It took years for the pack to find themselves in a place where they could look back at their lives and think about how those years have been. When Beacon Hills descended into chaos, turned into an ongoing battleground, none of them bothered to be that introspective. Once everything settled, it still wasn’t time, because adjusting to peace was somehow harder than getting used to the constant danger before.
Stiles doesn’t know how he has become the common link, the person to go to, the one who somehow seemed the most trustworthy. He wonders sometimes if it’s because part of his own facade always was talking too much to avoid saying anything important. The reasons aren’t all that important though, in the end.
He knows all about Derek’s time in New York, after the fire. About how he’d go out, be flirty and charming -- it does explain the time when he managed to distract an officer with just a smile -- and how he’d go home with people he’d never see again. Stiles knows how Laura never found out about Derek’s involvement with Kate, how much it took out of Derek to keep pretending that he was recovering and how it all came crashing down when she died.
Then there’s Lydia, who spent the majority of her school years playing the superficial spoiled princess, because that was what her Mom seemed to value. Stiles heard all about her attempts to appease her family’s focus on image, on looking pretty and right, on being the perfect doll of a daughter who was everything they expected her to be.
Isaac was the one who built walls higher than most anyone else, ones that helped him get through the worst of times with his father. Walls that kept others away, because otherwise they’d keep asking questions that he didn’t want to answer.
Stiles even heard from the parents -- Melissa’s struggles to keep being a good mother after she threw out Scott’s Dad, her trained smile from the hospital that she brought home all too often just so Scott wouldn’t know how hard it all was on her. And Stiles knows about his own Dad, about the times when they both only kept waking up in the morning because of the masks of strength they got used to putting on, for each other’s sake and for the rest of the world.
There’s Jackson, with his need to be perfect, the urge to be better than anyone else he knew, because somehow that meant that -- if he ever got to meet them -- his biological parents would see how they were wrong for leaving him.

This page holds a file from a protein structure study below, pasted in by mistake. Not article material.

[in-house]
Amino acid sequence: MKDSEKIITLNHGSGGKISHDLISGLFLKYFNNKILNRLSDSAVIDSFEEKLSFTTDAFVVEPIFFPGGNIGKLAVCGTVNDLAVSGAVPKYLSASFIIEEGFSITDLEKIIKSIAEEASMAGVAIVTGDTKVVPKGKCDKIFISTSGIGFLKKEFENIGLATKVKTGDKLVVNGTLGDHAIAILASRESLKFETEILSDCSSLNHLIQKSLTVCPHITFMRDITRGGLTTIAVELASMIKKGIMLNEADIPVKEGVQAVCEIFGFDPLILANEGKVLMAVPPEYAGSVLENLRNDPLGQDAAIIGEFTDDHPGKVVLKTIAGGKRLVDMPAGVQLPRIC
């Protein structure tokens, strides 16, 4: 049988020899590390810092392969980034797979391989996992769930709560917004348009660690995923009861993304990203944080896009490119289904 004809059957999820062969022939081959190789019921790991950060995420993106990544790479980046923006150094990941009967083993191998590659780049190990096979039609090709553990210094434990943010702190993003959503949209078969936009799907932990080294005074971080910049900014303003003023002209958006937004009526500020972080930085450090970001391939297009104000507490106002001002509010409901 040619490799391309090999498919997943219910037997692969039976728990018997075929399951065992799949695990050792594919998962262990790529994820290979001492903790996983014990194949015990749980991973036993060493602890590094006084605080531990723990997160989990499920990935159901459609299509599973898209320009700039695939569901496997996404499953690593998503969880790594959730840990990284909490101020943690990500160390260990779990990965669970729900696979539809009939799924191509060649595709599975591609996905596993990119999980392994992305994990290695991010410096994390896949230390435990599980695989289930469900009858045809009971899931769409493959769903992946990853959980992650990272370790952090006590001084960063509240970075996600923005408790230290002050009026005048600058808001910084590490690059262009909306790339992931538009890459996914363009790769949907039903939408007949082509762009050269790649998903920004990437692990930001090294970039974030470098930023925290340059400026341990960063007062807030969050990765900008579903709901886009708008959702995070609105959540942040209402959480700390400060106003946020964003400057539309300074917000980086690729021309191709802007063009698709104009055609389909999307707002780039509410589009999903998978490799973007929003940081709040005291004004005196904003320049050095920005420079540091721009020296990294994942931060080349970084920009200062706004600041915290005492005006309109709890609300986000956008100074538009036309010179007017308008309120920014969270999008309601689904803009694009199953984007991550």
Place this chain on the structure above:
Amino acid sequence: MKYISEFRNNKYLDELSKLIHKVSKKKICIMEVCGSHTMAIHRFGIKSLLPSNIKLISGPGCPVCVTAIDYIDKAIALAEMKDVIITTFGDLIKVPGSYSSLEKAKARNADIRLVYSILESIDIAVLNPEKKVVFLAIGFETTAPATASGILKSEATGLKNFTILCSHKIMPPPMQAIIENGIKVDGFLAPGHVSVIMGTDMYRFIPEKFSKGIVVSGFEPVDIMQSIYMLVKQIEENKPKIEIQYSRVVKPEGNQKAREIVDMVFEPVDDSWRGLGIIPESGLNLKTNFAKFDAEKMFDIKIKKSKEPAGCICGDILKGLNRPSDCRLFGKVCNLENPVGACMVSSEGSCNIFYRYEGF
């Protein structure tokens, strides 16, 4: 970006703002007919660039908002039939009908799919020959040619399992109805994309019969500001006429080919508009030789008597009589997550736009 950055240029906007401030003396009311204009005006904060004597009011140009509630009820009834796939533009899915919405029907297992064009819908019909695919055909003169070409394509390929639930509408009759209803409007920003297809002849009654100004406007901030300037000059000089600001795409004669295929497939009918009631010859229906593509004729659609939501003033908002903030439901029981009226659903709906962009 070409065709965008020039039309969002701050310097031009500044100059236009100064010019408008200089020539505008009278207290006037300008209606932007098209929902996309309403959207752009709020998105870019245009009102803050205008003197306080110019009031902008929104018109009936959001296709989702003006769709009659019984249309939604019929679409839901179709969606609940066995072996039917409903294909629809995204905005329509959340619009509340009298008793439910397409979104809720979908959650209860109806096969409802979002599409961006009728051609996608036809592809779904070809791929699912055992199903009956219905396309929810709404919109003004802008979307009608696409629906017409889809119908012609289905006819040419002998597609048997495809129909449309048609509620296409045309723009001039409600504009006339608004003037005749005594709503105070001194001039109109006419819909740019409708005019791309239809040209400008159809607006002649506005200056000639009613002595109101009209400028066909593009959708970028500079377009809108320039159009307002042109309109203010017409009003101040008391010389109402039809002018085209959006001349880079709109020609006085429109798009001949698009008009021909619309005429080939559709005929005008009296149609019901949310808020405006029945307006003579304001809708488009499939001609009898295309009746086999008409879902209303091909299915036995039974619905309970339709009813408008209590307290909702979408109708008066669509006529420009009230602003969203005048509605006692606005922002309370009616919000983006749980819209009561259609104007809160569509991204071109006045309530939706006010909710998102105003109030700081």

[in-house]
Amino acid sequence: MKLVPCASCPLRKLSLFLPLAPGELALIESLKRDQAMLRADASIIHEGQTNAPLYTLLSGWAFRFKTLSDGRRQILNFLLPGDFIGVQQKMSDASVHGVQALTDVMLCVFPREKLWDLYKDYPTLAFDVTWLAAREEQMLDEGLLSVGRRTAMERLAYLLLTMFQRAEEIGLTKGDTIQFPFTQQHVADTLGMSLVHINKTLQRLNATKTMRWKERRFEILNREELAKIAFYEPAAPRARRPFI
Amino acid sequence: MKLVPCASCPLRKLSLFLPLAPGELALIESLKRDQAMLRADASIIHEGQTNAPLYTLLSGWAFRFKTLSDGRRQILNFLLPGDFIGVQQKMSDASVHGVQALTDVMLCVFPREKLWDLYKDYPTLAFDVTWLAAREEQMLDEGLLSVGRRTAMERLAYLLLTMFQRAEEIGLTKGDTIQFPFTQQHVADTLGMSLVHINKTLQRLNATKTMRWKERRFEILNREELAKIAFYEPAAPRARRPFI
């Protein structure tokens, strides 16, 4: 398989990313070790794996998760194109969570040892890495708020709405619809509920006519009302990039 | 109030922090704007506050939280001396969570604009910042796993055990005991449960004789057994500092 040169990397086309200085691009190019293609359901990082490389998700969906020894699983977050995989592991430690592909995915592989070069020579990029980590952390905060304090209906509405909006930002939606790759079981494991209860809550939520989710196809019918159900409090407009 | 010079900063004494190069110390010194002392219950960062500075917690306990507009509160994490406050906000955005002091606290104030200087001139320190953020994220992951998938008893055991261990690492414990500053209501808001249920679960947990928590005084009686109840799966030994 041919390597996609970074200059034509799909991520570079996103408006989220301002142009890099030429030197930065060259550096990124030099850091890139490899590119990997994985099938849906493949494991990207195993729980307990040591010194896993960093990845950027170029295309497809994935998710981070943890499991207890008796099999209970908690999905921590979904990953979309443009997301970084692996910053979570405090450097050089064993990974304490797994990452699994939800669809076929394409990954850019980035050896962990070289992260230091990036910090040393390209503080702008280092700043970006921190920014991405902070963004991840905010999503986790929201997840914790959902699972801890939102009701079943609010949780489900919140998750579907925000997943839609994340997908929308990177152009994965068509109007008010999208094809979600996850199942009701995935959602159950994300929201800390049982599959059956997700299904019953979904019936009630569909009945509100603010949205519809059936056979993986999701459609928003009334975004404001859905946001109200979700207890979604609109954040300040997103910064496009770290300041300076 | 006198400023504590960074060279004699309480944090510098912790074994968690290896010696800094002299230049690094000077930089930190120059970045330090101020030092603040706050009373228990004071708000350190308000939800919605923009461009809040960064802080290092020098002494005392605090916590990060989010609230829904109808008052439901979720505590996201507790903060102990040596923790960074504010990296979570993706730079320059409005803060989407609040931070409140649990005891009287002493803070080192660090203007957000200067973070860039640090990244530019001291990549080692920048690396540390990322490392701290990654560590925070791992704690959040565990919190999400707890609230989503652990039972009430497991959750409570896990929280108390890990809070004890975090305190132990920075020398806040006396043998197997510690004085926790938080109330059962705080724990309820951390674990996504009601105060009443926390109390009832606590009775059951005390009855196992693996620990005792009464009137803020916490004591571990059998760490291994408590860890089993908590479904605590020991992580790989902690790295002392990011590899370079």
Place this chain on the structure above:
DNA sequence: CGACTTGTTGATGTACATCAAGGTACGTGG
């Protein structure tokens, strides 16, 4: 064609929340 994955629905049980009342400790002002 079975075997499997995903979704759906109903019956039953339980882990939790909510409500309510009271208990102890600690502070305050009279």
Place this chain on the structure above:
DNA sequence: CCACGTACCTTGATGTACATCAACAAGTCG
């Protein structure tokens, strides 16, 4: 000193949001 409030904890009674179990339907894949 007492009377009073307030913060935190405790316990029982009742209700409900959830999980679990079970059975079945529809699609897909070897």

It was Stiles again who heard of Erica’s eagerness to become a werewolf so she should hide her insecurities, and how she reveled in the change and being noticed. How Boyd was the one who saw right through that pretense, because he had his own mask, one that was more carefully constructed way before Derek offered him the bite. Stiles heard all about the stoicism and how it came to be the perfect defense against prying questions and unwanted sympathy. How for both of them, any offer of friendship seemed suspicious, so neither of them opened up to it.
Even Allison, despite the innocence of her life until she got to Beacon Hills, isn’t a stranger to pretending, to wearing a disguise. She did so with her Dad later, and Stiles takes a while to get over the shock that it was his father who got to see her vulnerability in a moment when she couldn’t keep up the facade anymore.
There’s only Scott. Heart on his sleeve, emotions all over his face, a little too honest on occasion. Stiles knows that Scott knows how to pretend, how to deceive, but out of everyone in the pack, he’s the only one who doesn’t have it ingrained in him.
In the past, Stiles couldn’t understand that, didn’t know how to function without his mask, his defences. Later, when the walls he built to protect himself weren’t as necessary anymore, when they stopped him from getting close to people the way he’d want to, Stiles was envious of his best friend.
They’ve all learned with time, though. When they are together, Stiles can see the changes -- small, barely noticeable sometimes, but there nonetheless. He sees how Allison lets others step in to help, admits easier that she can’t always know what to do. Boyd smiles more, makes his voice heard and himself seen, adds personal memories to conversations when they fit.
Stiles sees Erica trust the very same people who barely saw her before she was a werewolf, people who’d mock her and laugh. It shows most with Jackson, who stopped trying to prove himself to the pack at least, stopped trying to be better and became less arrogant.
There’s no denying Lydia’s change: she’s done pretending to not know anything and not care about things beyond the surface. Instead, she’s leaving everyone else in the dust academically, has become the brains behind plans, and proved herself more than capable of defending herself. It was her who slowly brought Isaac out of his shell, away from the cockiness he used to hide behind. He learned to be vulnerable without being defenseless, found out how to make mistakes and try again instead of cringing in fear.
None of them took quite as long to shed their facades as Stiles did himself, nor as long as Derek did. Maybe it was because they both started to lose themselves in the masks, maybe because they forgot how it was to not put up a front.
It took some time, and the pack might still use those masks when needed. But when Stiles watches them all, when they’re together and safe, he knows that all disguises stay at the door.